Compared to my Australian made Benchmark A201 bridged mode monoblocks (240W/8ohms, Class AB), again the MERAK mono’s had faster snap, more crackle and pop. I’m not sure why, but all the class D based power amps that I’ve heard seem to have a really full dynamically forward sound, that appear to be way more powerful than a typical class AB amplifier given the same output power specification. I would guess that a very high damping factor and very fast rise times are responsible. The speed of each note being released seems as if it is fired out faster and this is probably what gives you that impression. The Benchmark amps are more relaxed in the manner that they deliver music. In many ways they probably have more in common with the Rotel amps than the AURALiC amps. The MERAK are almost clinical in the way they scrape out every last bit of detail compared to the Benchmark amps. The Benchmark amplifiers also seemed to have a bass imbalance by comparison, with an over emphasised bottom end that doesn’t seem as natural as the better MERAKs.
I found this component combination to be first class. You can separate them and by means of their inherent quality, individually they perform very well. The MERAKs more so, but together they make a lot of sense to be used together. The design is striking and certainly challenges the old school staid black boxes of yesteryear with a totally modern look and feel. They are super-efficient with usable intelligent power management. The combination of the good looks along with the ‘green’ factor could help get the purchase decision past your significant other.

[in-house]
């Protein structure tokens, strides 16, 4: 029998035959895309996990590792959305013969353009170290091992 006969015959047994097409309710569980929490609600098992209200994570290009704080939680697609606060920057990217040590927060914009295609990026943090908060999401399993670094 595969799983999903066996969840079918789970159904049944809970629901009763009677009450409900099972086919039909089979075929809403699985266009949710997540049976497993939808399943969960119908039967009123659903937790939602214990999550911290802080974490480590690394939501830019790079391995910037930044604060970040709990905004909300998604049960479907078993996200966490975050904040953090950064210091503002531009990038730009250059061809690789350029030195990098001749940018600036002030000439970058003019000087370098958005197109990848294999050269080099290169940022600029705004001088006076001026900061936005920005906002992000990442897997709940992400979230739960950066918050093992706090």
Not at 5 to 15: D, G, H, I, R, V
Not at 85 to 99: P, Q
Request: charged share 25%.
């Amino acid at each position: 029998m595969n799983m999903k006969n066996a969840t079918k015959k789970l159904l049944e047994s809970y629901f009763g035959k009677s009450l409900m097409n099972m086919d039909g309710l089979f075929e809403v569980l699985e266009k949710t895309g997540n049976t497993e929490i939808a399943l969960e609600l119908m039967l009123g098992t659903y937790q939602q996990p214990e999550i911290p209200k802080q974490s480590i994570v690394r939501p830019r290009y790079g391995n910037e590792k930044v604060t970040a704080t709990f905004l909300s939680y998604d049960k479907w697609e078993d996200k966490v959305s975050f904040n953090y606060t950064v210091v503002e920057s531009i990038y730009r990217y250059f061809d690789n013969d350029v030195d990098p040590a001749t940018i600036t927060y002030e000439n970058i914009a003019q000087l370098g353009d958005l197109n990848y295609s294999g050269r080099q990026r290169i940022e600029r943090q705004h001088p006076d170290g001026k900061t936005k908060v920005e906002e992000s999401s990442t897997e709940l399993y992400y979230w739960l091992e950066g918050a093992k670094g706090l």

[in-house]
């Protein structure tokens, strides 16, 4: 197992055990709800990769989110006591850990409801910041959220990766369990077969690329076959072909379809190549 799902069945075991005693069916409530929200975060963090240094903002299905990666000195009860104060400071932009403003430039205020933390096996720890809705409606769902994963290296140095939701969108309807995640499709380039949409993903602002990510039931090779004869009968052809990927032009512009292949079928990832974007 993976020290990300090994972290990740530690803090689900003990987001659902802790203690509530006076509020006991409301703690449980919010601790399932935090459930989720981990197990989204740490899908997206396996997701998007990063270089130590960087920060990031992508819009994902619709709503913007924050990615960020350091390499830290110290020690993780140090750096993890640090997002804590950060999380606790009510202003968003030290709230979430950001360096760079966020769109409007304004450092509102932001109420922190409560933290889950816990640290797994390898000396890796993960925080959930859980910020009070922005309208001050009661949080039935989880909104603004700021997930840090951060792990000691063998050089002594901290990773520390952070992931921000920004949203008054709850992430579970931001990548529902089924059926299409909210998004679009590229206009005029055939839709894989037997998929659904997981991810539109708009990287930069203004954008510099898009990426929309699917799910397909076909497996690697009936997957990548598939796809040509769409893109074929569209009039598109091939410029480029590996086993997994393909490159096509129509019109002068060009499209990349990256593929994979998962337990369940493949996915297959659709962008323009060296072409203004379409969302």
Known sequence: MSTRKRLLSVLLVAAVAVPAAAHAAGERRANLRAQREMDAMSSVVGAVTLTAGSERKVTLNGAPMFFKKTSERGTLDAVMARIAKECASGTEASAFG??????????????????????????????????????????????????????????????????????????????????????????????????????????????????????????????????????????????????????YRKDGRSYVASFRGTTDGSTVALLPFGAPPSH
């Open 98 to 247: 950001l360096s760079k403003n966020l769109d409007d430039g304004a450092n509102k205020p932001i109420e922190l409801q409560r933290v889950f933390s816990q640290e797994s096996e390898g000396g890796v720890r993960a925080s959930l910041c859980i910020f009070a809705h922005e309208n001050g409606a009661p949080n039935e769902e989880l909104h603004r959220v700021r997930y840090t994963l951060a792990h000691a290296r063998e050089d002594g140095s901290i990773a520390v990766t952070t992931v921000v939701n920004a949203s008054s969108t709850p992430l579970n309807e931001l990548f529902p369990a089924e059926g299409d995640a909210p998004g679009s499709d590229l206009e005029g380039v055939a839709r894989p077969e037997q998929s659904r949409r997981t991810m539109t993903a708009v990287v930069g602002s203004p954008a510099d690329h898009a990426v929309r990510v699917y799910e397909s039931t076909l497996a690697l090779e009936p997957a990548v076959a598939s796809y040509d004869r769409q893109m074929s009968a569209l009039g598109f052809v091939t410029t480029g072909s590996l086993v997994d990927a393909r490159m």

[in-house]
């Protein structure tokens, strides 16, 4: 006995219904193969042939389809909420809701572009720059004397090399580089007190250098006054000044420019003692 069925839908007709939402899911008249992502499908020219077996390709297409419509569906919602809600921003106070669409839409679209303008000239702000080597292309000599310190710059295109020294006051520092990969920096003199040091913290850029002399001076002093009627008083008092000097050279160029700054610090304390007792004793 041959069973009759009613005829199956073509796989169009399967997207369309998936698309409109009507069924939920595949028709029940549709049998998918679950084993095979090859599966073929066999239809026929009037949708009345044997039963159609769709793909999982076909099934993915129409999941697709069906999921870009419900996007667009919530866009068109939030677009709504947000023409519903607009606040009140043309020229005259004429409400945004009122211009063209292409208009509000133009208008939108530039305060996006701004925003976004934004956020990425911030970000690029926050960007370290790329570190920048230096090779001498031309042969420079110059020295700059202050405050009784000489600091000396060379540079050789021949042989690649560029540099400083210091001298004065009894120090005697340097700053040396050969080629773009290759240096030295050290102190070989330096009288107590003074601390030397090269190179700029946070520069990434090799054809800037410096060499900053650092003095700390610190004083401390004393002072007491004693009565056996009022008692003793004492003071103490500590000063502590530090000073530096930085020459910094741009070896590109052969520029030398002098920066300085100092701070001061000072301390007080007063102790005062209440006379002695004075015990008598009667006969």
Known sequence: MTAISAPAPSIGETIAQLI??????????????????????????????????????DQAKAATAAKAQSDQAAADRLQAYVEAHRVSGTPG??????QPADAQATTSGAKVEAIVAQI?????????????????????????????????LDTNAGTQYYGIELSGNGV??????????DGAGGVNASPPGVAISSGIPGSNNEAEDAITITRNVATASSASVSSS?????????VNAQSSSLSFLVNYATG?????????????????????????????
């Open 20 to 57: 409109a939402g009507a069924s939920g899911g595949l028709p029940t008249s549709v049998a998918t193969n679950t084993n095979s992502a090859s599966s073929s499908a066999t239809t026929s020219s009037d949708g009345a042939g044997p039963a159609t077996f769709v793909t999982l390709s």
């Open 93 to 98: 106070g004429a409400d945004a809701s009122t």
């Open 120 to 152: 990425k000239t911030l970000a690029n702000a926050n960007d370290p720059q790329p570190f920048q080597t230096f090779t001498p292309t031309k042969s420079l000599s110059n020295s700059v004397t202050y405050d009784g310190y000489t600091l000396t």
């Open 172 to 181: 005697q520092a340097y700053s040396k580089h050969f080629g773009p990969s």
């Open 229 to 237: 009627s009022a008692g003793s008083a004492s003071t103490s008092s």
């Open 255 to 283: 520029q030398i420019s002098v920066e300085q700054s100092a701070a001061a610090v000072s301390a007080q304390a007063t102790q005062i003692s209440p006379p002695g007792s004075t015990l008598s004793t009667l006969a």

They are far more powerful and control the speakers in a way that you would not think possible from a couple of slim diminutive boxes. At the end of the day you owe it to yourself to sample this excellent combination from AURALiC. Just make sure you listen to well-seasoned units as mentioned previously. I’d also suggest using the best cables that you can afford as these components demand it.
I have to admit that I have renewed respect for switching power amplifiers as the MERAK amplifiers are spectacular. I’m certainly going to miss having them in my listening room. Recommended.
- Esoteric P10 CD Transport
- AURALiC VEGA DAC
- Cardas Clear & Audio Unique cables
- Audile Solo Tube Line Stage
- Rotel RB-1581 monoblocks
- Benchmark A201 bridged mode monoblocks
- Dynaudio 21 W-54 Woofer / Audio Unique ribbon hybrid speakers
- Brodmann Acoustics F2 Loudspeakers
- ELAC FS77 Loudspeakers
- Oppo PM-2 planer magnetic headphones
- Frequency Response: 3Hz - 300KHz, +/- 3dB; 20Hz - 20KHz, +/- 0.1dB
- THD+N: <0.001%, 20Hz-20KHz
- Dynamic Range: >130dB, 20Hz-20KHz, A-weighted
- Crosstalk: <-80dB @ 1KHz
- Gain: 10dB/16dB (XLR Input/RCA Input)
- Input Ports 3 x RCA: max. undistorted level 6Vrms; 1 x XLR: max. undistorted level 12Vrms